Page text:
I got an interesting e-mail today about DuinoMite:
"Duinomite seems to be very clever, but it looks like a porche car with coal for fuel.
GW basic is not what somebody expects for a ..DUINO. Is there another Software,
or compatibility with PINGUINO?"
As other people may think the same I would take some time to explain why DuinoMite
is great and why it does not have to be yet another Arduino :-)
First of all yes, DuinoMite can be pre-programmed with the Pinguino boot loader
and can be used the same way as any other Arduino board, with libraries and
Also DuinoMite can be programmed by professionals directly in C, no problem
with this, but there are hundreds of such boards so this was not our major point
when we built DuinoMite.
What DuinoMite MM Basic offers though is the fastest way to do something or
prove a concept from the scratch. Yes, Basic interpreter is slower than C compiled
code (although with the latest firmware the speed is about 30,000 lines of code
per second), but anyone who ever worked with Arduino will confess that Arduino
sketches are also slower if the standard Wire library is used to write directly
to the ports. At least this is what we have encountered - if we write directly
to the ports the speed is about x2 x3 times faster than if we use bit bang with
FIRST: Remember, there are millions of applications which do not require rocket
SECOND: The MAJOR point with DuinoMite is that it is a self contained COMPUTER
i.e. you do not need a PC to write your code, this can't happen with Arduino
and Pinguino as they require Compilers and linkers, several MEGABYTES in size,
to work and this can't be put on a small microcontroller. Also compiling the
code alone takes a lot of time, one of the people who evaluated our Arduino
boards asked: "Is it normal that when I press the compile button I have
to wait 20 seconds until the code is completed and loaded to the board?",
unfortunately the answer is YES, this is GCC and all compilations go through
a lot of read/write cycles and Hard Disk routines which make the compilation
slow. With DuinoMite MM Basic, you just write your code, then type RUN and the
code runs without delay.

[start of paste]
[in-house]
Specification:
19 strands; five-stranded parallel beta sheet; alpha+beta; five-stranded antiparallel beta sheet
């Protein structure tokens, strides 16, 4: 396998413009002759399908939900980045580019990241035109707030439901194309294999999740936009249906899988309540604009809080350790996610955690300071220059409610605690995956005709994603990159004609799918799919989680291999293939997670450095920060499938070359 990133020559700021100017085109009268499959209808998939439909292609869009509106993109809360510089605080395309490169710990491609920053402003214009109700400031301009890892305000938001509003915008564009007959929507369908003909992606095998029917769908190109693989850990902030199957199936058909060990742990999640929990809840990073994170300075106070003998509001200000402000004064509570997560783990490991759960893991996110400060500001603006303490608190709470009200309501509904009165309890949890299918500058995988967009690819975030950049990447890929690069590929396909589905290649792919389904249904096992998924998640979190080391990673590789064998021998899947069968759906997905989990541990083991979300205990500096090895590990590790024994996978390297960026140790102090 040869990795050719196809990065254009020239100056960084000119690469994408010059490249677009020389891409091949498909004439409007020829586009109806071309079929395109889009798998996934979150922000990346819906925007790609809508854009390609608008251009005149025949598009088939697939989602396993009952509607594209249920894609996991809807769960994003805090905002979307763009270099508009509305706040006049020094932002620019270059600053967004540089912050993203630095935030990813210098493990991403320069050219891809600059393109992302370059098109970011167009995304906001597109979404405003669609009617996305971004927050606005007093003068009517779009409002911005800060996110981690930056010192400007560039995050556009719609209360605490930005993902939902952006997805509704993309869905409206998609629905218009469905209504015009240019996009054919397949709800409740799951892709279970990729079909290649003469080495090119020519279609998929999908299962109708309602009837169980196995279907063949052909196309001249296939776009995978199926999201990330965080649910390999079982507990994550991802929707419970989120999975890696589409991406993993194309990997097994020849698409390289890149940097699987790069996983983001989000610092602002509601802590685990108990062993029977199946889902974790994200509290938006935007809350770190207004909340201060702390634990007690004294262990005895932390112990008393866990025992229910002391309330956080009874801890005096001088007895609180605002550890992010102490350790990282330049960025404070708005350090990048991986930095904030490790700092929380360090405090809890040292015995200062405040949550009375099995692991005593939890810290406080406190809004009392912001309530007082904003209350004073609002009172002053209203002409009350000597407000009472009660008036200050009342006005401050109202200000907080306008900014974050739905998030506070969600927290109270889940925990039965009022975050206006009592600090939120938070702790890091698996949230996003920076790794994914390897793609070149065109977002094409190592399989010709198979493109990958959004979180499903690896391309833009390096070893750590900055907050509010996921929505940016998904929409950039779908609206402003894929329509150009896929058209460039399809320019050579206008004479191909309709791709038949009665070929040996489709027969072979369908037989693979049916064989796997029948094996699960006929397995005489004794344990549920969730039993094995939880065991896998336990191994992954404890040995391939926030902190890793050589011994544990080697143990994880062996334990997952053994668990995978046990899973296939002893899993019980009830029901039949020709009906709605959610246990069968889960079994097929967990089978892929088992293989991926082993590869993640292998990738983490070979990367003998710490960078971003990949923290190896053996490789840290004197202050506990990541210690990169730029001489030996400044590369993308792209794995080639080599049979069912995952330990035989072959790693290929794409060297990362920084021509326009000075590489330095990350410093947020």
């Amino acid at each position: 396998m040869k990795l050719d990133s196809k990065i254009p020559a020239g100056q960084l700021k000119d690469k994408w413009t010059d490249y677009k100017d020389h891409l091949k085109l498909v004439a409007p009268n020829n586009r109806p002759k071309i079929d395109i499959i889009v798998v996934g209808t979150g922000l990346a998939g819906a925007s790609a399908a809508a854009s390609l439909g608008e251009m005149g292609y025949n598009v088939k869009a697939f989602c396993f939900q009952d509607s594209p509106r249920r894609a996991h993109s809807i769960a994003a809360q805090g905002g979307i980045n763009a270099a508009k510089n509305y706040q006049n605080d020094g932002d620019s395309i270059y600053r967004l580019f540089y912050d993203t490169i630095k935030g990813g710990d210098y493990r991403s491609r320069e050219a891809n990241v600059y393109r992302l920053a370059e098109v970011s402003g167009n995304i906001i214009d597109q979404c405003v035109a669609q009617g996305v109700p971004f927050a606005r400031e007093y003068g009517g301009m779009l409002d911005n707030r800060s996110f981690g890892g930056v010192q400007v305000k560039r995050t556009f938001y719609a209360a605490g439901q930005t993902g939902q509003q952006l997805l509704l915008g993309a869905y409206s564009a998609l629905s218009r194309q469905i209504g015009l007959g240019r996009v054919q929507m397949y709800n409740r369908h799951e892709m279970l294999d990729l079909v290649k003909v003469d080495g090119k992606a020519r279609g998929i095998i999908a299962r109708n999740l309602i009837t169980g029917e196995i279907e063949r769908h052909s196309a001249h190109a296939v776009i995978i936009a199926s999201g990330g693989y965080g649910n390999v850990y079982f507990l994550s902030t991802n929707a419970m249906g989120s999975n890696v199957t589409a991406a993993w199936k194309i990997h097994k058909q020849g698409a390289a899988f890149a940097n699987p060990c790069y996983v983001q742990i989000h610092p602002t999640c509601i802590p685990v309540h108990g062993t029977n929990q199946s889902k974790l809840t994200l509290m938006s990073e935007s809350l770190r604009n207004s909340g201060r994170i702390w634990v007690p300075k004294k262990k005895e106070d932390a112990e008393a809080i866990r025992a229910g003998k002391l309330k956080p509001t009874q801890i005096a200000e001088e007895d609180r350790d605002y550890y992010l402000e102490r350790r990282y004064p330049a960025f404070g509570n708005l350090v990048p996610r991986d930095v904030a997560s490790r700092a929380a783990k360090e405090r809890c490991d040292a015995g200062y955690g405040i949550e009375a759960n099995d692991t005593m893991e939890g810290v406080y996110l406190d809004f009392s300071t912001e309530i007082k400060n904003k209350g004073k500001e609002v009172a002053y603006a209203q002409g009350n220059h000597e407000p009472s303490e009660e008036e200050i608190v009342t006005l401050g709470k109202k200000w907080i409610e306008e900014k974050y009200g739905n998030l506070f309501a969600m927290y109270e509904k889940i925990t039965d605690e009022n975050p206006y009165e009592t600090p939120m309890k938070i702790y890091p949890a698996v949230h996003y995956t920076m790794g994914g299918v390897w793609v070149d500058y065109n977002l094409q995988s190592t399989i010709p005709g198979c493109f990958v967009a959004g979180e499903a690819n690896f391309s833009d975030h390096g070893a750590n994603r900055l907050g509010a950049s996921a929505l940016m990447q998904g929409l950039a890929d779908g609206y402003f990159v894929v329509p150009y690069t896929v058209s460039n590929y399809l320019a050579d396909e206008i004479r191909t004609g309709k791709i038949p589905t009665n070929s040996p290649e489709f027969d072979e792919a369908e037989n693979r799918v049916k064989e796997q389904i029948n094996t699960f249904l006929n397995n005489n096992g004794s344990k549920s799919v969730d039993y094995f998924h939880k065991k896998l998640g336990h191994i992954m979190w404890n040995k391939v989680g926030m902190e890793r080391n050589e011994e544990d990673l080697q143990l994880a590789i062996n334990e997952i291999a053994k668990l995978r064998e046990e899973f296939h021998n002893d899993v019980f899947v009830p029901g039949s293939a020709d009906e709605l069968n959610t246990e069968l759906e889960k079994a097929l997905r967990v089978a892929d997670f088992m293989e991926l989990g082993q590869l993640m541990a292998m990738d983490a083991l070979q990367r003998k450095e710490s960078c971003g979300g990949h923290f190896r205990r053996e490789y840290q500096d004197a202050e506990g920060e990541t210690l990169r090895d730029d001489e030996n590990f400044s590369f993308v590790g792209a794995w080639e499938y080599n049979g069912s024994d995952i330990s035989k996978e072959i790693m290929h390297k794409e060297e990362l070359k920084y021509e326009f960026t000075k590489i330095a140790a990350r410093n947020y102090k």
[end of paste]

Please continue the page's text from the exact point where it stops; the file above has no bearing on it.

THIRD: Let's assume we have brand new task to do and there are no libraries,
no existing code etc. for it, for the sake of simplicity lets imagine this be
to measure temperature.
We choose an LM335Z temperature sensor which has 10mV/C output and 2.73V at
I can write MM Basic code to read the temperature as simple as this :
20 SETPIN 9,1
30 PRINT (PIN(9)-2.73)*100
On the first line I tell MM Basic that I want to use PIN number 9 on the DuinoMite
connector as an Analog input.
On the second line I calculate and print the temperature.
Now tell me what amount of time you would need to write same code in C or Arduino
if there is no libraries for it? You have to study the PIC32 datasheet, to initialize
a lot of registers and debug your code etc.
You will lose HOURS for what I did in SECONDS. This is the charm of MM Basic.
Now let's assume we need to store the temperature in a log file, all we have
to do is to add two new lines of code:
10 OPEN "TEMP-LOG.TXT" FOR OUTPUT AS #1
and to modify 30 as:
30 PRINT #1, (PIN(9)-2.73)*100
and now we have a temperature data logger.
If I want to add the Date and Time stamp in the results I again will modify the line 30:
30 PRINT #1, DATE$, TIME$, (PIN(9)-2.73)*100
and now I will have date/time stamp before the temperature logged
So to conclude: DuinoMite is one of the easiest ways to do something and prove
a concept without going deeply in datasheets, registers etc. It may run slower
compared to the direct C programming but it's much easier to be used by non-professionals.
Don McKenzie from Dontronics
pointed me to another interesting story on this subject:
Why Johnny can't code
BASIC used to be on every computer a child touched -- but today there's no
easy way for kids to get hooked on programming.
For three years -- ever since my son Ben was in fifth grade -- he and I have
engaged in a quixotic but determined quest:
We've searched for a simple and straightforward way to get the introductory
programming language BASIC to run on either my Mac or my PC.
Why on Earth would we want to do that, in an era of glossy animation-rendering
engines, game-design ogres and sophisticated avatar worlds? Because if you want to give young
students a grounding in how computers actually work,
there's still nothing better than a little experience at line-by-line programming.
Read the full story at: http://www.salon.com/technology/feature/2006/09/14/basic/index.html